That honor was bestowed upon the consumer electronics giant at the Pwnie Awards 2011 event on Wednesday at the Black Hat conference, a UBM TechWeb event, in Las Vegas.
Every year, the Pwnies (rhymes with "ponies") honor "the achievements and failures of security researchers and the security community," according to the Pwnie Awards organizers. Nominations are open to the public. Award winners receive a My Little Pony, spray-painted in gold, though not all winners come forward to collect their award.
Sony was a shoe-in for "Most Epic Fail," as the company had been nominated five times, not least for laying off numerous information security personnel just months before suffering a crippling series of cyber attacks that compromised Sony PlayStation Network, Sony Online Entertainment, and Sony Pictures, amongst other Sony websites. Furthermore, it was the only nominee.
"Is anyone from LulzSec here to accept it on their behalf?" said Dino Dai Zovi, one of the eight people who judged the nominations. "LulzSec, please don't hack us."
Dai Zovi also offered a legal disclaimer for the awards: "We want to make sure that for some of these categories, we're not condoning this type of behavior, but recognizing its significance. Because nothing works more awesome than giving everything your 110%, soaring on your dreams, and making your failing even more epic."
On a related note, the Pwnie award for best song went to Geohot, for The Light It Up Contest, his rap about Sony, which launches with the following challenge: "Let's take this out of the courtroom and into the streets, I'm a beast, at the least, you'll face me in the northeast."
In the words of Pwnie judge Dave Aitel, "he's so talented, and so white." Geohot, aka George Hotz, was one of numerous people sued by Sony for allegedly distributing information about how to jailbreak the PS3. According to the Pwnie website, "There is strangely enough a long tradition of hacker-written songs and raps."
RSA won the "Lamest Vendor Response" award, for the SecurID hack, which judge HD Moore summarized as, "Hey, someone may have taken all the secure keys for the thing that forms the name of our company." He said the award was bestowed in particular for "the lack of information available, the fact that it was drawn out for so long, and that they lost the keys to their kingdom, and they're still around."
"If we have a rep from RSA here, feel free to come up and pick up your awesome Pony. We know you're here, there's 16 of you here, we counted. Send out the intern," said Moore. Perhaps predictably, no audience members advanced to the podium. "We'll find you later," he said.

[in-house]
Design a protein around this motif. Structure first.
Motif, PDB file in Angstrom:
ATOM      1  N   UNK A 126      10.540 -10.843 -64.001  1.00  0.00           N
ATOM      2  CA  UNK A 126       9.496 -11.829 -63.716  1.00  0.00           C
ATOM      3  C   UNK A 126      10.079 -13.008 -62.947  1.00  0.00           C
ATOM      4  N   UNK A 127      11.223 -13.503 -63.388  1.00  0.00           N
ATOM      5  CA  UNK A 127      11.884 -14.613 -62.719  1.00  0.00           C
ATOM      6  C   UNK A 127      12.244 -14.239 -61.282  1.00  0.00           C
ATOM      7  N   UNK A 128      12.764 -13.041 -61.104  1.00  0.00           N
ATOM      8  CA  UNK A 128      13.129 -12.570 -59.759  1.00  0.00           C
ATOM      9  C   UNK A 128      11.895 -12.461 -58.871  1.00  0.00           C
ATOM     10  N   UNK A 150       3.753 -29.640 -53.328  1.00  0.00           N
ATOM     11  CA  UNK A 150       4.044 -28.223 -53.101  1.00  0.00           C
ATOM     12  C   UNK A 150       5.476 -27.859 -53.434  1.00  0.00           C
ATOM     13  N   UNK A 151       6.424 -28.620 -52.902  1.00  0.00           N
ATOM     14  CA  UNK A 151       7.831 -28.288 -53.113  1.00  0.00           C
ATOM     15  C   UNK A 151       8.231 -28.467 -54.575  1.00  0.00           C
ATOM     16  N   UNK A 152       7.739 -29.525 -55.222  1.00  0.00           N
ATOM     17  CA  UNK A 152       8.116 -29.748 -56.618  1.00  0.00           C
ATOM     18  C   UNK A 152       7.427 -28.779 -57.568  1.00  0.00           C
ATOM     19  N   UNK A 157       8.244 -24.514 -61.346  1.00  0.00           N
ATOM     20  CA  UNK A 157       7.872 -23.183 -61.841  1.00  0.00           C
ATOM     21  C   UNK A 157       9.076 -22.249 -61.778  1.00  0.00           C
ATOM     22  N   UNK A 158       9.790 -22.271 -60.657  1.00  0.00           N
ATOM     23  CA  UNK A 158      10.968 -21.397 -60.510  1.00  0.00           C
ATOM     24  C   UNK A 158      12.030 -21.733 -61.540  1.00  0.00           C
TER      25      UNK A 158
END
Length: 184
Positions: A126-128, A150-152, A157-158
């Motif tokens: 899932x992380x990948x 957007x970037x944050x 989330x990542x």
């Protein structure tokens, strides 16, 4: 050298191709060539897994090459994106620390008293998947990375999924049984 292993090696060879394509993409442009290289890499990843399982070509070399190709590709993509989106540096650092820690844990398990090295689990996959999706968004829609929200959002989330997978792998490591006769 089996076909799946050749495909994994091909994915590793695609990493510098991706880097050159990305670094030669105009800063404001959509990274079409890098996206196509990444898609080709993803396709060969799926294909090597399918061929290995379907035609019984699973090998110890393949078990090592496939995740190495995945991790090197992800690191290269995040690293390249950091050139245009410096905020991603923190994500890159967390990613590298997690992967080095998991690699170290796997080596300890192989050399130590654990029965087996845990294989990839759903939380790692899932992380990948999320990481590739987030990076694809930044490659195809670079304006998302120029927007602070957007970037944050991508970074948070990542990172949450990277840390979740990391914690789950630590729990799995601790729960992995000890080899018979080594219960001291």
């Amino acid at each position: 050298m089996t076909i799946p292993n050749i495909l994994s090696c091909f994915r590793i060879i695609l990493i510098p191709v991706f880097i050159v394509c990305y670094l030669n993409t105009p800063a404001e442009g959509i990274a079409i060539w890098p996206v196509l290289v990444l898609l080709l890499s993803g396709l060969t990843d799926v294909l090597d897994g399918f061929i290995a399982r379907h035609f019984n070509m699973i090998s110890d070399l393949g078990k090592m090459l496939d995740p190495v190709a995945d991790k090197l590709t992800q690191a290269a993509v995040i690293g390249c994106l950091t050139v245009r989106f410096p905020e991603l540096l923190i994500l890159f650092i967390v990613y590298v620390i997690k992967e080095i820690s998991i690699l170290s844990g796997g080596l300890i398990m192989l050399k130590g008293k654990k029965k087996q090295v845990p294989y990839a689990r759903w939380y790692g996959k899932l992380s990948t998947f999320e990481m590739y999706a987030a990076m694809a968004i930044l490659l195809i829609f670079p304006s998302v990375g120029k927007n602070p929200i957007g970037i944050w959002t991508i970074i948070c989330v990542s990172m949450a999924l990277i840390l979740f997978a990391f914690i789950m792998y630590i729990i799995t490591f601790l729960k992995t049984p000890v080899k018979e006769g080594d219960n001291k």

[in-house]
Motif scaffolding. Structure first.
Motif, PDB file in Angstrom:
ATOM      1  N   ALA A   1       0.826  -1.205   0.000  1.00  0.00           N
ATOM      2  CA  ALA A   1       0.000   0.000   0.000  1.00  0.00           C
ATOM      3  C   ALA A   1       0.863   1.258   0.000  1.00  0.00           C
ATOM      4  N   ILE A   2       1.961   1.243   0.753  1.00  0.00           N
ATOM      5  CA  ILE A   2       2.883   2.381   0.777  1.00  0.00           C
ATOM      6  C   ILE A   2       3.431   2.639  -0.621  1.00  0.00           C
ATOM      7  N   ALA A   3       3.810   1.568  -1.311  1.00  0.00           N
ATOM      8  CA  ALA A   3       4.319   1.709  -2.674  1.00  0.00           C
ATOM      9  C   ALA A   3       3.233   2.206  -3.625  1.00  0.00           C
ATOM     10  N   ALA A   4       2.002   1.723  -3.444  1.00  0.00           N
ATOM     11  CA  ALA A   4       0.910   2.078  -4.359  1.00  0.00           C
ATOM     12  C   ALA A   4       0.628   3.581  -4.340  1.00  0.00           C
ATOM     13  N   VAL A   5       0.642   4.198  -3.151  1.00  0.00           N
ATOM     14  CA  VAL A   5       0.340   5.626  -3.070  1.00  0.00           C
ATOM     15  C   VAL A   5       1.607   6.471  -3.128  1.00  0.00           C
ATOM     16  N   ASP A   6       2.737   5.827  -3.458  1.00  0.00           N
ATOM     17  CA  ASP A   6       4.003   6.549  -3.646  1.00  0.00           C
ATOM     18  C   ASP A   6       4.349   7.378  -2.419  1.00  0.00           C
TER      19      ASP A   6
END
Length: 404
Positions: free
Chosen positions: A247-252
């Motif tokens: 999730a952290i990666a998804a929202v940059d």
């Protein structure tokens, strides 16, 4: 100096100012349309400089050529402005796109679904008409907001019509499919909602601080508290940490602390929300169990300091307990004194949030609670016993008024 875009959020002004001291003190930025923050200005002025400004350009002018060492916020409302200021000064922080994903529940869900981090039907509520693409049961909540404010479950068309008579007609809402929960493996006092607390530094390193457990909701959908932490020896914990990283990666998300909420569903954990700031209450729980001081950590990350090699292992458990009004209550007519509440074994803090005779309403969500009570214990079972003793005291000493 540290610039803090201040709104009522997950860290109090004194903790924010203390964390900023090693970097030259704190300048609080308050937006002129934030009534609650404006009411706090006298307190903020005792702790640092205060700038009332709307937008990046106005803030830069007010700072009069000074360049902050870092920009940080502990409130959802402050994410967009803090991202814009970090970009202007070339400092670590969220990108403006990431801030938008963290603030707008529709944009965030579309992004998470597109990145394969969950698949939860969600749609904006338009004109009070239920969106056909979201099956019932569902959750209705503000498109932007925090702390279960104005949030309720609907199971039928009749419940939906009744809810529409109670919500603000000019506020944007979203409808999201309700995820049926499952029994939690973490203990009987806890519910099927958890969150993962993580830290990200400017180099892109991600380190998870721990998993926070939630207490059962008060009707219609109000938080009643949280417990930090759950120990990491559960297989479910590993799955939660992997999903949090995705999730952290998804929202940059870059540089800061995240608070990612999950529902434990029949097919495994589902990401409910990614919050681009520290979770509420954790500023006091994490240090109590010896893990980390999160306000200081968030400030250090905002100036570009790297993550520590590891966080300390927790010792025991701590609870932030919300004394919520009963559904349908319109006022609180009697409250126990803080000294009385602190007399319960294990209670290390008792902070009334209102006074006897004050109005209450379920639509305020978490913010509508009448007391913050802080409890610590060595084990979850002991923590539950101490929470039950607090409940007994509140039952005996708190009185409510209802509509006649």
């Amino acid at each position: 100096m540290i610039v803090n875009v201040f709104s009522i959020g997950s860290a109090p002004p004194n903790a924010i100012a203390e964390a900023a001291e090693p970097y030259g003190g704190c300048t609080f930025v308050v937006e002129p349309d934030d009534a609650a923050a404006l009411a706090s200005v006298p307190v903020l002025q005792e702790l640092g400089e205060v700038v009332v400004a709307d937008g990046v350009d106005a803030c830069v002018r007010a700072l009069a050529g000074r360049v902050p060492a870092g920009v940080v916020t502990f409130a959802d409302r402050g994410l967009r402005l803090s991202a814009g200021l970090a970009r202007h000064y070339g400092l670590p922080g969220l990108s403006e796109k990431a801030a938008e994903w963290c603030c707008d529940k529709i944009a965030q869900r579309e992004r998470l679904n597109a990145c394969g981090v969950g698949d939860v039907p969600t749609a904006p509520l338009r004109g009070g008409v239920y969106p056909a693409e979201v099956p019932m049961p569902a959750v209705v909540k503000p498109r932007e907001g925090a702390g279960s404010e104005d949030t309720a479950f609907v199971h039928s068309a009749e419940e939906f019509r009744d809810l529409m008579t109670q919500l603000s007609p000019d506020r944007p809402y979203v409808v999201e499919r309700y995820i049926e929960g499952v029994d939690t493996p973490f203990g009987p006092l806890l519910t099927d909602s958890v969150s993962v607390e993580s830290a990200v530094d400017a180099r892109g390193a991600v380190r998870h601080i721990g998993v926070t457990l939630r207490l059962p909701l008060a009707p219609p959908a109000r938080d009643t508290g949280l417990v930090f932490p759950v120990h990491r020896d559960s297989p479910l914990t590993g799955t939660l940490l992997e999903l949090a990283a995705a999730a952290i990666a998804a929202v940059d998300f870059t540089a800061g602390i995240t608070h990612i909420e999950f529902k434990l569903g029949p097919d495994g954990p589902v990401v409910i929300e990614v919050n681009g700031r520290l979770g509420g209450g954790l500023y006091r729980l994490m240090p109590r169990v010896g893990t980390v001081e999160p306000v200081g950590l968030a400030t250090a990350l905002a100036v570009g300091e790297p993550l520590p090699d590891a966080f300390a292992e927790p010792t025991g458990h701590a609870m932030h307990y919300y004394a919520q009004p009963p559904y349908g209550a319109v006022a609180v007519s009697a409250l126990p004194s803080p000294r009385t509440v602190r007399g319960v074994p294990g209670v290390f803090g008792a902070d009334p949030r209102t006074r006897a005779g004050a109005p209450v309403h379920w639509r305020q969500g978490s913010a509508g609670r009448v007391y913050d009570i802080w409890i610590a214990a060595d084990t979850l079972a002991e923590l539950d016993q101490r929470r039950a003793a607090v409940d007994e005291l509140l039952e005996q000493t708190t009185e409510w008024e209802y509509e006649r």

Meanwhile, the lifetime achievement award went to pipacs. "Microsoft today has announced a challenge, giving out $200,000 for work very similar to that that has been done and given away for free by pipacs, a decade ago," said judge Dai Zovi. "All of the operating systems that we use today that have protections against memory trespasses, all of these protection mechanisms can be traced back to the work of pipacs." Microsoft's recently announced prize money for enhancing Windows security, he said, is an extension of the work begun by pipacs, who is perhaps best known for inventing address space layout randomization (ASLR).
Other awards went to security researcher Tarjei Mandt for "Best Privilege Escalation Bug," for discovering Windows kernel win32k user-mode callback vulnerabilities. Comex won the Pwnie for "Best Client-Side Bug" for an attack that bypasses ASLR protection in iOS and exploits a kernel vulnerability to execute arbitrary code in the kernel and disable code signing, and which can be used to jailbreak iOS devices.
In addition, Piotr Bania won the Pwnie for most innovative research for taking a document containing recommendations for improving Windows security, using static analysis on Windows, then implementing many of these fixes in the Windows kernel. "He managed to rewrite all the kernel drivers in Windows to include these protections, without crashing them," said judge Alexander Sotirov.
But perhaps the most eagerly awaited award, however, was in the category of "Epic 0wnage." Nominees included Anonymous "for hacking HBGary Federal," LulzSec "for hacking everyone," as well as Bradley Manning and WikiLeaks--the latter nomination earning a loud, extended round of applause as it was read out. But the winner was Stuxnet, described by the Pwnie judge Mark Dowd as "a non-violent protest against the Iranian nuclear program, allegedly done by a government with some pretty advanced intelligence capabilities. We suspect Belgium."
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